IANS, Dec 2, 2007
Bhopal, Dec 2 – Survivors of the Bhopal gas tragedy observed a candle light vigil here on the eve of the 23rd anniversary Monday of one of the world’s worst industrial disasters.
‘The vigil was organized also to highlight health threats in Bhopal, where chemical contaminants from the methyl isocyanate gas released on that day have been blamed for continuing problems such as breathing difficulties, cancer and birth defects,’ said Rachna Dhingra of Bhopal Group of Information and Action (BGIA) working for the cause of the survivors.
Later, they also took out a torch rally through the gas-affected localities.
Earlier in the day, the survivors demanded setting up of a national commission to address their long-term medical issues.
The members of the Sambhavna Trust Clinic, which provides free medical care to survivors of the Dec 3 1984 gas tragedy, have highlighted the need for a 30-year specialised health plan.
‘The Bhopal gas tragedy victims will need specialized healthcare at least for next 30 years. Setting up a national commission focused on long term rehabilitation of the survivors and their next generation is a must,’ said Mohammed Ali Qaiser, a physician with the clinic, at a press conference.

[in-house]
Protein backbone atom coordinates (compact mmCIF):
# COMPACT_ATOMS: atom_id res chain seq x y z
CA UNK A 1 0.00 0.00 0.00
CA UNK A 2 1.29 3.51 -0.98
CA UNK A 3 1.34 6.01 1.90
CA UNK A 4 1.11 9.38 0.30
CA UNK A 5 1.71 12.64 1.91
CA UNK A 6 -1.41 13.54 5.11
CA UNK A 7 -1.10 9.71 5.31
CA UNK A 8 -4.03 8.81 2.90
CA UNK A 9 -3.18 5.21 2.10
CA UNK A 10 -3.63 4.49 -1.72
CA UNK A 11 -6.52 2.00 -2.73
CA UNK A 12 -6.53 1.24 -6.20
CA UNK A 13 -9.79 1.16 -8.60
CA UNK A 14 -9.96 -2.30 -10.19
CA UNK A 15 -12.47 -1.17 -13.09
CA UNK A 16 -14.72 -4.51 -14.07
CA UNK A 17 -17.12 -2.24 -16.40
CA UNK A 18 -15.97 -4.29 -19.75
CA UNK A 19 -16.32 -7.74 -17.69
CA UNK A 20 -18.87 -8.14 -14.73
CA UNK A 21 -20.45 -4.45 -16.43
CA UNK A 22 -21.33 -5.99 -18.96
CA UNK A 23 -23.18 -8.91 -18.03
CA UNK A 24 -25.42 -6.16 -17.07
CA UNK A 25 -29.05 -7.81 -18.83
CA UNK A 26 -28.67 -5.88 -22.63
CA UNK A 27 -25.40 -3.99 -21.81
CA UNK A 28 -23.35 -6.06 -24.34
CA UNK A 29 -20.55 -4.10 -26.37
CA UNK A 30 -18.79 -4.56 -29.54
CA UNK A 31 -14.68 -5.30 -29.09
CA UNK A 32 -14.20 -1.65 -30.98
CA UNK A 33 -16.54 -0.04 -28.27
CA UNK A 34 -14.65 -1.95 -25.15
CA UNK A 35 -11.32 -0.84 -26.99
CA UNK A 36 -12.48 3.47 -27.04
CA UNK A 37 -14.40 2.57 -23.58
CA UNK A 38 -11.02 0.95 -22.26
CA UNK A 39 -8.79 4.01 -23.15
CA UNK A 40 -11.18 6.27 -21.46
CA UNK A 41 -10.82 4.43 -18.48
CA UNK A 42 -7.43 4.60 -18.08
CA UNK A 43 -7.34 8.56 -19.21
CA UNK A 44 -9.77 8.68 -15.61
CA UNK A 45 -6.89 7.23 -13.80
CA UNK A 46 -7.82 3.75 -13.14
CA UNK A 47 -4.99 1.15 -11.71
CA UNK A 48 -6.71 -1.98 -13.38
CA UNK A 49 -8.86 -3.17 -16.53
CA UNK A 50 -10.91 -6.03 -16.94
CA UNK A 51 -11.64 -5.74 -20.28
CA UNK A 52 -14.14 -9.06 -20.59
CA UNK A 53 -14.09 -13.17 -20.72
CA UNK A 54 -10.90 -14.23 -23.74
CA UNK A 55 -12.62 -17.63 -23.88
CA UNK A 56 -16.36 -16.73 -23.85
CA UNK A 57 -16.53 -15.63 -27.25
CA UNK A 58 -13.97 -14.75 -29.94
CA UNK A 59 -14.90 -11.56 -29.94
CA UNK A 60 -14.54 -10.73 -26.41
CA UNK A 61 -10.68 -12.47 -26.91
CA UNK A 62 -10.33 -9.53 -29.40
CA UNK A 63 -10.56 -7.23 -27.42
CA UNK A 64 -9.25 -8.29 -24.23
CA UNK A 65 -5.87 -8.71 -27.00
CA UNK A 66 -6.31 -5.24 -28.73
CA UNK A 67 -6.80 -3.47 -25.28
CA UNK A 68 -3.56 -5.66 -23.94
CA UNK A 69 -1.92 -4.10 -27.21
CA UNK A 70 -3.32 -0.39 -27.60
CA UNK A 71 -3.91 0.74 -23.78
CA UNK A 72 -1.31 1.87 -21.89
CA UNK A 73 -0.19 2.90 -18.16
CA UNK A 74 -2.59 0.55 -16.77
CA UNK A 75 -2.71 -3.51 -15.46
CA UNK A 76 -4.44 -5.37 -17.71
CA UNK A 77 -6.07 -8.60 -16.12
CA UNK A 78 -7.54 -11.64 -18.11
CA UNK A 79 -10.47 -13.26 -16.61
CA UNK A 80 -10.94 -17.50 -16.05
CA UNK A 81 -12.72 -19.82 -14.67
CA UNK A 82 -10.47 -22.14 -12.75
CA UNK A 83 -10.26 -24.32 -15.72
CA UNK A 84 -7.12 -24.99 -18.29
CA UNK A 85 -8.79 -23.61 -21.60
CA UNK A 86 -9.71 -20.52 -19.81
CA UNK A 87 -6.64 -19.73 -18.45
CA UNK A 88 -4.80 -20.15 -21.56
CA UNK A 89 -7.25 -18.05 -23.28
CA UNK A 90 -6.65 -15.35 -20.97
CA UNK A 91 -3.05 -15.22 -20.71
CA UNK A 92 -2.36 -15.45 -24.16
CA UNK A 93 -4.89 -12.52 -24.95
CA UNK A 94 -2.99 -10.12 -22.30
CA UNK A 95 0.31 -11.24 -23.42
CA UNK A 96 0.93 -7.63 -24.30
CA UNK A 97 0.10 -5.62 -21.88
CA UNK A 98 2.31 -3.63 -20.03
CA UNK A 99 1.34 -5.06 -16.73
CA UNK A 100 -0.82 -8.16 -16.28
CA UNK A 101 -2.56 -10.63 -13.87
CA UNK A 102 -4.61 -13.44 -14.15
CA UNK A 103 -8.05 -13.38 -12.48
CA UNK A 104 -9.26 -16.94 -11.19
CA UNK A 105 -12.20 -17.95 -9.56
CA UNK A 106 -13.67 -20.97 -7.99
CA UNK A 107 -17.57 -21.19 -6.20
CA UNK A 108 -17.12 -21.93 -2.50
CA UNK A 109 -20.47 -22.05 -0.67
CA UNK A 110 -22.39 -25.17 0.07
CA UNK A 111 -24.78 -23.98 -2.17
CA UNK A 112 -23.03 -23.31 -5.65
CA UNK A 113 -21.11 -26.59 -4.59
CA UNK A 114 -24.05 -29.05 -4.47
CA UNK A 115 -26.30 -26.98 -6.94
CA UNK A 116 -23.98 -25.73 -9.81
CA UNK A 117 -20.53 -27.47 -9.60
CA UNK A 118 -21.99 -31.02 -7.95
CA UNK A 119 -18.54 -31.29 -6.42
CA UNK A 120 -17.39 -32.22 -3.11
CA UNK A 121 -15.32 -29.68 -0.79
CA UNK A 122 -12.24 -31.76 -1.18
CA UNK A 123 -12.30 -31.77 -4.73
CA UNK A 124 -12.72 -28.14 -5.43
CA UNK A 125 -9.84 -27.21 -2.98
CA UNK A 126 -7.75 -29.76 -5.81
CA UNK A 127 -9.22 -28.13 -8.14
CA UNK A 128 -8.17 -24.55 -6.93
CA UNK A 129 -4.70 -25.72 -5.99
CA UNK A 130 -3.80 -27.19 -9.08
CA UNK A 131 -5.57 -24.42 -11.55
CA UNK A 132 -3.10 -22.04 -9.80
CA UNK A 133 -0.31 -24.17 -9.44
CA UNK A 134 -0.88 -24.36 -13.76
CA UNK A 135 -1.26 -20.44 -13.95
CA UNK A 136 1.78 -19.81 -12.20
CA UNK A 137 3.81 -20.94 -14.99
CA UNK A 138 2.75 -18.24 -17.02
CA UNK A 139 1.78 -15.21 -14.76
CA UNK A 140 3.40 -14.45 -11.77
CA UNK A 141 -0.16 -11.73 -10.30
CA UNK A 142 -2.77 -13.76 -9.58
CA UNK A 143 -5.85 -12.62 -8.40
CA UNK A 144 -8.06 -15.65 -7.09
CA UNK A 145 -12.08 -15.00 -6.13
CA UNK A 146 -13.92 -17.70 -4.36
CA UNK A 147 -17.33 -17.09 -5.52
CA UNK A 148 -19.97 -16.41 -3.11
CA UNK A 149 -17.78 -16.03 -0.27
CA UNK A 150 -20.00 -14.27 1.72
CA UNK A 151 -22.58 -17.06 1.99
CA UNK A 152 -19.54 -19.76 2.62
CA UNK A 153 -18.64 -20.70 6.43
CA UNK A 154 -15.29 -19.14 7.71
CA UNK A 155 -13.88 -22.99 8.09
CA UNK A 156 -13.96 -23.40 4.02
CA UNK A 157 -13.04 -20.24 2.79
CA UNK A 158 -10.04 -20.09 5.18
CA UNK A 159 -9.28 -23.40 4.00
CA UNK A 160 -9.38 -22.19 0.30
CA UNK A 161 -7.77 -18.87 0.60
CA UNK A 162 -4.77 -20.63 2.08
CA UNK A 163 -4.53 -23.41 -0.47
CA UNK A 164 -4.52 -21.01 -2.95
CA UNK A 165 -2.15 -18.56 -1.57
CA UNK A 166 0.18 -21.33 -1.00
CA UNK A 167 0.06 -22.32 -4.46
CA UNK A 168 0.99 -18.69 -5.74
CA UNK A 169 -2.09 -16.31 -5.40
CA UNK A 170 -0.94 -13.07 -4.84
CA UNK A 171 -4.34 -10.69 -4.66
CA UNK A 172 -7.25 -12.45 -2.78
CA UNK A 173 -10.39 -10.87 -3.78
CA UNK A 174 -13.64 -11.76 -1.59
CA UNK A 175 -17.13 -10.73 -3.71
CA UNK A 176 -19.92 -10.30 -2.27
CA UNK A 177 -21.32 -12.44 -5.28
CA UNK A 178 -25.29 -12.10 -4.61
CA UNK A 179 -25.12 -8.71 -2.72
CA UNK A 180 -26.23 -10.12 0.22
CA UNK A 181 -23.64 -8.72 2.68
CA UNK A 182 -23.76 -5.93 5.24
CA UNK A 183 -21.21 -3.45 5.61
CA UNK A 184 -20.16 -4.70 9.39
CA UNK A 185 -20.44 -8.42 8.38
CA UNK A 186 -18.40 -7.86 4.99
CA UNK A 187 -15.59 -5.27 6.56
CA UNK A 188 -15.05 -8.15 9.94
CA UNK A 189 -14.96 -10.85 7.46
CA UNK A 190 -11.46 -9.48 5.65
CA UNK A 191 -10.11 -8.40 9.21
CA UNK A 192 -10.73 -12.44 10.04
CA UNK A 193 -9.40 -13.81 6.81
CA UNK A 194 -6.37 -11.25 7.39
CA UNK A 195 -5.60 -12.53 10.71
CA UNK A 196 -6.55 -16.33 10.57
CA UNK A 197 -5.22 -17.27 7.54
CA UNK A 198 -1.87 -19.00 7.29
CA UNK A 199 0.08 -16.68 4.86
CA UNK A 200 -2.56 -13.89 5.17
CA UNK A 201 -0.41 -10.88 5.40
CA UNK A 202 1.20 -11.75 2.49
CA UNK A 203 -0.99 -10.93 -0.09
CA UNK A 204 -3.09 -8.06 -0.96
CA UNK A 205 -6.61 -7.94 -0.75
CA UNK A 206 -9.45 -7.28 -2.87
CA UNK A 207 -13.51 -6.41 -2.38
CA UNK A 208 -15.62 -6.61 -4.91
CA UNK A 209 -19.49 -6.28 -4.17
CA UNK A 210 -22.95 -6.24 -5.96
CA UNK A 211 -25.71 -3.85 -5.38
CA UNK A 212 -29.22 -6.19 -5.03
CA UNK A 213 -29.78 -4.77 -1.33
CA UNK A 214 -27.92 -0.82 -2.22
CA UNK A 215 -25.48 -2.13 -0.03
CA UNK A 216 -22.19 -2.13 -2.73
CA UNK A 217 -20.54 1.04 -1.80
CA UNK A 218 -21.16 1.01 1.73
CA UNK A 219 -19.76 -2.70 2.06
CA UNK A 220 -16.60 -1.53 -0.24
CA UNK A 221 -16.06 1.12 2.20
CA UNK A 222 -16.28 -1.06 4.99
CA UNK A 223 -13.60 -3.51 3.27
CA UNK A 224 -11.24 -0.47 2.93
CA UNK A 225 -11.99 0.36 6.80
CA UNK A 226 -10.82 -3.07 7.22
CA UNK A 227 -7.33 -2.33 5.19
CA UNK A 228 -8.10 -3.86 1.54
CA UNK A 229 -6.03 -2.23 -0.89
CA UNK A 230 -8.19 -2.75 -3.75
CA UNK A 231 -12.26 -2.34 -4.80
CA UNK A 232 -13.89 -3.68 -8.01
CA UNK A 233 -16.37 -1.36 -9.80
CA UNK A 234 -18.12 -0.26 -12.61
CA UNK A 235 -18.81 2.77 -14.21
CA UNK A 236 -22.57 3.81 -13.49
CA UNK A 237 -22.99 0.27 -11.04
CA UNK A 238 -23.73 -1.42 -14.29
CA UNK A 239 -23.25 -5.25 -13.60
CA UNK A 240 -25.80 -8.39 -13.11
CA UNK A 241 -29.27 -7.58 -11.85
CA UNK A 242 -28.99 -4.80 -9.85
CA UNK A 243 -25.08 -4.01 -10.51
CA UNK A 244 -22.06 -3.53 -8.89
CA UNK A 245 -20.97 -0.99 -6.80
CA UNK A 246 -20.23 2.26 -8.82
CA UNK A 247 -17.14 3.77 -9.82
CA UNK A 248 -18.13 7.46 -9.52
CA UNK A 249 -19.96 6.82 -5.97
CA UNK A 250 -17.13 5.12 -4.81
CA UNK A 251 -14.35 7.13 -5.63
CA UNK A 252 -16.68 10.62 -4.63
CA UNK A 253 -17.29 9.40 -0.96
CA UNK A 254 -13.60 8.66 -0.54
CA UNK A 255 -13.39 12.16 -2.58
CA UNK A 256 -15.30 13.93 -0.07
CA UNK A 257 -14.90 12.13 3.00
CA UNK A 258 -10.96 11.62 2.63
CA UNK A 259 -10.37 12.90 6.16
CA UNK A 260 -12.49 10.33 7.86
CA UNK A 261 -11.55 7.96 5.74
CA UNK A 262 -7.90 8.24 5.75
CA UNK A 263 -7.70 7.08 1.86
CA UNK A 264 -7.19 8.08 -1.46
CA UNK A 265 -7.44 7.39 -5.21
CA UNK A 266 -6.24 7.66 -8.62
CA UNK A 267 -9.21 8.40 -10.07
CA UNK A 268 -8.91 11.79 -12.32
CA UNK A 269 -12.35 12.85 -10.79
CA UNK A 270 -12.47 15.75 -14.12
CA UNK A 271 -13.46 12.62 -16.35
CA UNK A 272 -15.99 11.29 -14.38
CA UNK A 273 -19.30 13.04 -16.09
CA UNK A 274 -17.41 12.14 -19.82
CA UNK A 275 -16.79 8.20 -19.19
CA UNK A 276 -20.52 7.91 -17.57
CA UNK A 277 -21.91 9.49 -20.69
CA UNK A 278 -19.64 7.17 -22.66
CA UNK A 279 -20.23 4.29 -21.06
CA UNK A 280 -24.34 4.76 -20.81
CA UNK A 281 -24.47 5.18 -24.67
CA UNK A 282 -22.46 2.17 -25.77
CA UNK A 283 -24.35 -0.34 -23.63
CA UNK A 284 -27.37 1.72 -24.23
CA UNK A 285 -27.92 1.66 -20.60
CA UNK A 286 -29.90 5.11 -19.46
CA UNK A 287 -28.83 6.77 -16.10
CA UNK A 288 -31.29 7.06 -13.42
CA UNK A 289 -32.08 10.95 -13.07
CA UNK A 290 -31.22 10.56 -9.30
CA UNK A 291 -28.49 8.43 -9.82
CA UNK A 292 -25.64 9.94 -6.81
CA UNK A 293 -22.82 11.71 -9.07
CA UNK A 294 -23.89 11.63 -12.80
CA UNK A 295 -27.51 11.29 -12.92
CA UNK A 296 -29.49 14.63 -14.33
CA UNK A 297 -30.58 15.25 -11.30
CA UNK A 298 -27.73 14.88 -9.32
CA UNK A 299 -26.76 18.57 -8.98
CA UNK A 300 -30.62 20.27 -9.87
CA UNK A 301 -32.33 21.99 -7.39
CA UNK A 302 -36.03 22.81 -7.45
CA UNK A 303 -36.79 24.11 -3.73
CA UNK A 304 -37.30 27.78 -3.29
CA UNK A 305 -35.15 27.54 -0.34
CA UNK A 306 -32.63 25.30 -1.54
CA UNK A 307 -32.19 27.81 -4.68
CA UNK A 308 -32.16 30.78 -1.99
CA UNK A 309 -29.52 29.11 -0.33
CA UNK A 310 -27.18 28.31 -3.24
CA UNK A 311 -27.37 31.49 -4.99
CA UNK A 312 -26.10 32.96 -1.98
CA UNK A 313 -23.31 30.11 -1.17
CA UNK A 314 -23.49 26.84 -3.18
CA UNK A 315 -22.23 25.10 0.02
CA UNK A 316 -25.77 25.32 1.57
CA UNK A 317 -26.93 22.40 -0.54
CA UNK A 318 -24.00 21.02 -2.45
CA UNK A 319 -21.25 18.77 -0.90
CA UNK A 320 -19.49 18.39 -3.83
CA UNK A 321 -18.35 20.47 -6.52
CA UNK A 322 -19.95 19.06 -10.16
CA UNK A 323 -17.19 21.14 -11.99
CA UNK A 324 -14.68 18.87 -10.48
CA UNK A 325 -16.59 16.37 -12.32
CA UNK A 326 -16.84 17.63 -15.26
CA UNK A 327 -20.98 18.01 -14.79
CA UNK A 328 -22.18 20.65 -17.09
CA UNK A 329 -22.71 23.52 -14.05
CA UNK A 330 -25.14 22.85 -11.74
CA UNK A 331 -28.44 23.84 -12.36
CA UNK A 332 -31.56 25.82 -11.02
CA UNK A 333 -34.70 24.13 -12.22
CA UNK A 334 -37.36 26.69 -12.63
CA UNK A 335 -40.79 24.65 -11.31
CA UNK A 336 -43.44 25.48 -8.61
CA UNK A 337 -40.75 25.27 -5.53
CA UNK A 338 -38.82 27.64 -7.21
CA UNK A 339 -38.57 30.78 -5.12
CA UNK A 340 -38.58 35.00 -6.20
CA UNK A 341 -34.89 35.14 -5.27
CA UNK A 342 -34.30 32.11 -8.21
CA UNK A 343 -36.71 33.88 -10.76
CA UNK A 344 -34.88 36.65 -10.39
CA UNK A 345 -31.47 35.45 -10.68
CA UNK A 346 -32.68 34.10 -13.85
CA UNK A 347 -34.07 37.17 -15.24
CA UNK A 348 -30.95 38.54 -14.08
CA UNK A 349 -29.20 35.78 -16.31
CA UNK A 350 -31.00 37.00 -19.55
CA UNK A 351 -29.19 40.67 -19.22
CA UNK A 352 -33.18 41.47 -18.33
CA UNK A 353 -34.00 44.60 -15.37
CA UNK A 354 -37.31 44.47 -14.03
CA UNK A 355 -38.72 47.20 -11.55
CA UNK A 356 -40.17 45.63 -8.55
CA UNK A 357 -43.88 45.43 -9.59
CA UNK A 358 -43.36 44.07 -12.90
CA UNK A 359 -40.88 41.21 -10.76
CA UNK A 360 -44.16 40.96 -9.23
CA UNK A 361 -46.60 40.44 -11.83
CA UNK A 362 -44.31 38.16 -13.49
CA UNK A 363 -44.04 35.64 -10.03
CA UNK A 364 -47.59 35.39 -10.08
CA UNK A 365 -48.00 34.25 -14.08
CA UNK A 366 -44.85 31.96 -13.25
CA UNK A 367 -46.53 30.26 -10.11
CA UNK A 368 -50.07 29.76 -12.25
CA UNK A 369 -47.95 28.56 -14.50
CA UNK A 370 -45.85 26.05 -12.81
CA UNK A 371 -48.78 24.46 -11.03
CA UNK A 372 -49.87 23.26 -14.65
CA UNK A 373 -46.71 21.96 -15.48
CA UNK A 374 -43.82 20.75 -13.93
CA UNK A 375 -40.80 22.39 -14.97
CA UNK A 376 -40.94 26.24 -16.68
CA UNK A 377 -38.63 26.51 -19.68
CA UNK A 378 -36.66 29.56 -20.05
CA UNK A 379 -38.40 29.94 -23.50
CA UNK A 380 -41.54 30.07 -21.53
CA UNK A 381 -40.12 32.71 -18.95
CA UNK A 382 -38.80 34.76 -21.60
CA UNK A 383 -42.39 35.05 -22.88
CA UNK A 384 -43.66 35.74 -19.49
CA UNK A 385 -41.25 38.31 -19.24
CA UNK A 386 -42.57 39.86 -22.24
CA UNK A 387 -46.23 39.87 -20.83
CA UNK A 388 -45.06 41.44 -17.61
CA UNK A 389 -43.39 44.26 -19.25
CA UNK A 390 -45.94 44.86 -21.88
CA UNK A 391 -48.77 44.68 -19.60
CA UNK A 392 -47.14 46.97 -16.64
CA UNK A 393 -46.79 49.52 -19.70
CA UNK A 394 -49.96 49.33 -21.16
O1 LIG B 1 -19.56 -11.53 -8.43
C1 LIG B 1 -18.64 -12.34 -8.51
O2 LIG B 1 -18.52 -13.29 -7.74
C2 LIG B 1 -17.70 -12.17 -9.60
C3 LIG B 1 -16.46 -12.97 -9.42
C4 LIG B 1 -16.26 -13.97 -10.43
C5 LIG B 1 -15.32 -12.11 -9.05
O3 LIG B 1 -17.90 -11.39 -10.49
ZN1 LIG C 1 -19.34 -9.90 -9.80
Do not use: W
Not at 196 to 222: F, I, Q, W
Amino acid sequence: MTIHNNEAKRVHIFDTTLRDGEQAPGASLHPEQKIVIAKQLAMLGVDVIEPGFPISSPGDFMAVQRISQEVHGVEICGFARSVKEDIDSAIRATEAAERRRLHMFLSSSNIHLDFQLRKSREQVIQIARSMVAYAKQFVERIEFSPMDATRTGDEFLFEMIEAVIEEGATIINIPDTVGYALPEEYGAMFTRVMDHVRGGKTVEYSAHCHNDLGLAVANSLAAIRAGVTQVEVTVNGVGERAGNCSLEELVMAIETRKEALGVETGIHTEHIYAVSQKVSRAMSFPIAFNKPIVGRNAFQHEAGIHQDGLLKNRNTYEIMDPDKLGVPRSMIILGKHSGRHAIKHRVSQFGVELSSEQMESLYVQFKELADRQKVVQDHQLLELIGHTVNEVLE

The trust also said that their internationally published research had shown children born after the disaster are marked by the after effects of the gas, which leaked from the Union Carbide factory on that fateful day.
According to Qaiser, there were more than 100,000 chronically ill victims still in need of proper medical care.
A member of the steering committee of the trust, Mahendra Soni said that there are at least 20,000 patients registered for long-term care.
‘These include people affected by the gas leak and those poisoned due to ground water contamination near the abandoned factory.’
She pointed out that people suffering due to the injuries caused by contaminated ground water were being unfairly denied free medical care at the hospitals run by the state government and the Bhopal Memorial Hospital Trust.
Rana Lodi, administrator of the clinic, referred to the six reports by a Supreme Court appointed committee and expressed concern that the state government had implemented none of the recommendations.